Congressman Allen West (R-FL) addressed a sold-out Palm Beach County Tea Party meeting on Monday night. One of his primary objectives was to discuss his vote in favor of the Budget Control Act of 2011, which caused great discomfort among fiscal conservatives.
This part of the mission went well for West, because the next thing you know, the crowd wanted to know if he’d consider a Senate run. The Politico staff became very excited by his response:
“If people want to talk to me about something like that it would be very disrespectful and rude for me to slam the door in their face,” West said on Monday night at a sold-out Palm Beach County tea party meeting, according to the South Florida Sun Sentinel.
“I cracked it open enough so that people can slip a note under the door and I can read the note and I can write back on the note ‘probably not’ and send it back out under the door,” the newspaper quotes West saying.
That’s in contrast to the “definitive ‘no’” that the Sun Sentinel reported West gave reporters and editors on Aug. 9 when asked “if there was ‘any chance’ he’d run for the Senate instead of seeking reelection.”
There’s a bit of contrast there, but not enough to justify the ensuing “West for Senate” media boomlet. West is correct to note that successful political careers are not built upon slamming doors in the faces of people who want to give you a promotion. However, the political media only hears two answers from politicians, “hell no” and “maybe” – the latter of which also covers “yes.”
His comment about “slipping notes under the door” sounds more like playful speculation than a serious attempt to give current candidates Adam Hasner and George LeMieux sleepless nights. You can see why liberals might want West to wade into the Senate race and cause chaos, while simultaneously increasing the vulnerability of his House seat. It’s harder to see why West or the GOP would consider that a smart play.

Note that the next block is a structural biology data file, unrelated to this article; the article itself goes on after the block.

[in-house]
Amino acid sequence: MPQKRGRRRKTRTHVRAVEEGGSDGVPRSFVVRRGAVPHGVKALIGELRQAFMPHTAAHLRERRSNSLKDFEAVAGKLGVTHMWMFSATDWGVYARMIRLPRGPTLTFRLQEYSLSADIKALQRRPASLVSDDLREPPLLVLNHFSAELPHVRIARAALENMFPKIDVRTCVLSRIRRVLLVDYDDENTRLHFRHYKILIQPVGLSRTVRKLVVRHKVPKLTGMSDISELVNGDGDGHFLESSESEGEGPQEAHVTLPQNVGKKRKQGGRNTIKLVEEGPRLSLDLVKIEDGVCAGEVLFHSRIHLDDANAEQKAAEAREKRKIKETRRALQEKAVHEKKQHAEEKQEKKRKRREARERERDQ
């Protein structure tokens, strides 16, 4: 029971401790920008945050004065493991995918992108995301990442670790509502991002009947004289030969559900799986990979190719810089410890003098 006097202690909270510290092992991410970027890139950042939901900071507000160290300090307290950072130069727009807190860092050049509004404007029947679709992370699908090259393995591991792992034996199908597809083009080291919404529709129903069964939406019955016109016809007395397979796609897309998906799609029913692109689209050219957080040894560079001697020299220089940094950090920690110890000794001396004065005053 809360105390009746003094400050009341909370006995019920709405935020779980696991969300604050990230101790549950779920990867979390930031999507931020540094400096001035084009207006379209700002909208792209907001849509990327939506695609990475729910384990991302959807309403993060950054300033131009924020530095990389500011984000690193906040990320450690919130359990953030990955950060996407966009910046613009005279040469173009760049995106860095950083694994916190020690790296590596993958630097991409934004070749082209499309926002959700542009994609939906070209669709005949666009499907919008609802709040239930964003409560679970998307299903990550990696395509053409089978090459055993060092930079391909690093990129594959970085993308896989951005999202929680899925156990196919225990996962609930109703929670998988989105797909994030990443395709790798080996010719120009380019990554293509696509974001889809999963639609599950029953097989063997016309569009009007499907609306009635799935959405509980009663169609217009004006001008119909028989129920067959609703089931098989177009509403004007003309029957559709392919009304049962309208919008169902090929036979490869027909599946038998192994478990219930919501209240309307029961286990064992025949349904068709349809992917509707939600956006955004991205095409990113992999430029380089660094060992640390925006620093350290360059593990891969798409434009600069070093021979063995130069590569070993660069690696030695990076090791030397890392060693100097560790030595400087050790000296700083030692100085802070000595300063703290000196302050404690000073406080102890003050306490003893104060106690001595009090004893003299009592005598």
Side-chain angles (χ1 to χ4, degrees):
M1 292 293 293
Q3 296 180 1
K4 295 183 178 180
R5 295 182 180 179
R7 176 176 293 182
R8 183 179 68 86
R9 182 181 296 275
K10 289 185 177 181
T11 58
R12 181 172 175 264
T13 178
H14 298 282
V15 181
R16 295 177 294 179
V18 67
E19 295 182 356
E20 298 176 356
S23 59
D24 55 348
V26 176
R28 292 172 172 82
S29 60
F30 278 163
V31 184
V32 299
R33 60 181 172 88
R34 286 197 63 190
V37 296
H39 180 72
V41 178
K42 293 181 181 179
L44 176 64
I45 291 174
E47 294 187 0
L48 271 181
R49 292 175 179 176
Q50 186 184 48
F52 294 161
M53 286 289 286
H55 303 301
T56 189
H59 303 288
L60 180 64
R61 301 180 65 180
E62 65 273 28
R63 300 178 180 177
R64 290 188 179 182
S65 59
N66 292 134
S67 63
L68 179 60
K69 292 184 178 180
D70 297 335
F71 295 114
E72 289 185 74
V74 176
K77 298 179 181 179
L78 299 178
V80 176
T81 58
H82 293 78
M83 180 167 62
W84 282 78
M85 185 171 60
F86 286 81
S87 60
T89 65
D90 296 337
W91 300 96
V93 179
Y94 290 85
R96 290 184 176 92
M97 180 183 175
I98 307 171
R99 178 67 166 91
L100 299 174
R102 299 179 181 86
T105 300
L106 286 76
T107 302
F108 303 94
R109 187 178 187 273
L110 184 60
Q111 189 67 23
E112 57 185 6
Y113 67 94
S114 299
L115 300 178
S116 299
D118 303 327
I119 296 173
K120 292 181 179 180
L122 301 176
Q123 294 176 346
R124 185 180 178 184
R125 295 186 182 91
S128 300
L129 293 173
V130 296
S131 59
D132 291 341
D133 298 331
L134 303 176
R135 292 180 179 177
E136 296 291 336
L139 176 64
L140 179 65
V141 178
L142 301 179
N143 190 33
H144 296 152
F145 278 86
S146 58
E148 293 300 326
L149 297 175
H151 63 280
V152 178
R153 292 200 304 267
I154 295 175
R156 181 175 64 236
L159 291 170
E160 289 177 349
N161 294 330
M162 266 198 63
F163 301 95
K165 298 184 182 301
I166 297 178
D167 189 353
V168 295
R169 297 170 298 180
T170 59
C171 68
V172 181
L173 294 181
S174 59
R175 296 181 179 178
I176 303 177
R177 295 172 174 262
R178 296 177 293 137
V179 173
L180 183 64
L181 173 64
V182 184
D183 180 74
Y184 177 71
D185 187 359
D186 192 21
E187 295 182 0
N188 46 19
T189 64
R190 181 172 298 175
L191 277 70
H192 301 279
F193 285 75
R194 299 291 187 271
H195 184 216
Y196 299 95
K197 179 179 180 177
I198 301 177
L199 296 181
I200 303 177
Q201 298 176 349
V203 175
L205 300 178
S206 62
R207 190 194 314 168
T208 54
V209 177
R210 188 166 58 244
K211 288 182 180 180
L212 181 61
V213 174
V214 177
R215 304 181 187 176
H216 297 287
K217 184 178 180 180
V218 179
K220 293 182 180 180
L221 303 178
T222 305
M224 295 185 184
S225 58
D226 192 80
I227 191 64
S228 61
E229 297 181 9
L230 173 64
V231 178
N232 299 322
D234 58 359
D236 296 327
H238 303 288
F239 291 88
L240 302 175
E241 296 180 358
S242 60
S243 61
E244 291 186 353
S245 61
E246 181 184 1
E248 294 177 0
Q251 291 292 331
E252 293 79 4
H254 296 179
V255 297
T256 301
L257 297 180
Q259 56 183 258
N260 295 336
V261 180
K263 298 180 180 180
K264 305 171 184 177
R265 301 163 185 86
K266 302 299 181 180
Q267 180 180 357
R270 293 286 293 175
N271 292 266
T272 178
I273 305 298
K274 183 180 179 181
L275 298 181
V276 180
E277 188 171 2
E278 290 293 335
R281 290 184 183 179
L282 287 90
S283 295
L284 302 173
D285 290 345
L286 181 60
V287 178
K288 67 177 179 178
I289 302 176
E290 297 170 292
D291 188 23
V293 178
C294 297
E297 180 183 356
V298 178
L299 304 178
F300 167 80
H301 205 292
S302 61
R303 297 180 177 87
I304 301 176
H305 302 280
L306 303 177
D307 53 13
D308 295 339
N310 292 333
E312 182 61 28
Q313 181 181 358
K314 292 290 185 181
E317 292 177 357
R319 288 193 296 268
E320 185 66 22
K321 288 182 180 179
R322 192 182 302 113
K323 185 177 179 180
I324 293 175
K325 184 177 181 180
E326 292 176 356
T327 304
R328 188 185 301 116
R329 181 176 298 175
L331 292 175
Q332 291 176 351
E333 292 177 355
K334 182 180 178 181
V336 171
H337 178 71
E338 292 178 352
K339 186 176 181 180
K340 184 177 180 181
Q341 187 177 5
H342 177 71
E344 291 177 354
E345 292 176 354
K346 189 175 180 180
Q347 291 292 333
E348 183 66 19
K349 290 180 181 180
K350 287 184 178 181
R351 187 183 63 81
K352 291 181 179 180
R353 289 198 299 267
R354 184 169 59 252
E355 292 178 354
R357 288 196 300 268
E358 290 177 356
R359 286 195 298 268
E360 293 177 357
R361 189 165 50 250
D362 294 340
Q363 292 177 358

As West made clear in an interview on the NBC affiliate in West Palm Beach, he’s thinking about further down the line, not necessarily a HALO parachute jump into the 2012 race against incumbent Democrat Bill Nelson. He does concede that some “influential Republicans” have talked to him about mounting a challenge to Nelson, but he’s clearly having fun with this, not laying the groundwork for an insurgent campaign:
By the way, he defended his debt-ceiling vote by saying the deal “wasn’t what he or many in the Tea Party movement want,” but “it represented major progress toward their shared desire of changing the culture of spending in Washington.” I disagree about the extent of that progress, especially after watching the deficit reduction Super Committee take shape. What kind of “major progress” will be made with the likes of John Kerry and James Clyburn at the table?
The question fiscal conservatives should be asking folks like Allen West isn’t why they voted in favor of the Budget Control Act of 2011. The notion that it was “the best deal they could get” is simple enough, whether one agrees with that assessment or not. The more interesting and pertinent question is what they plan to do next, after the latest half-hearted attempt to slightly retard the unsustainable growth of the federal government fails.
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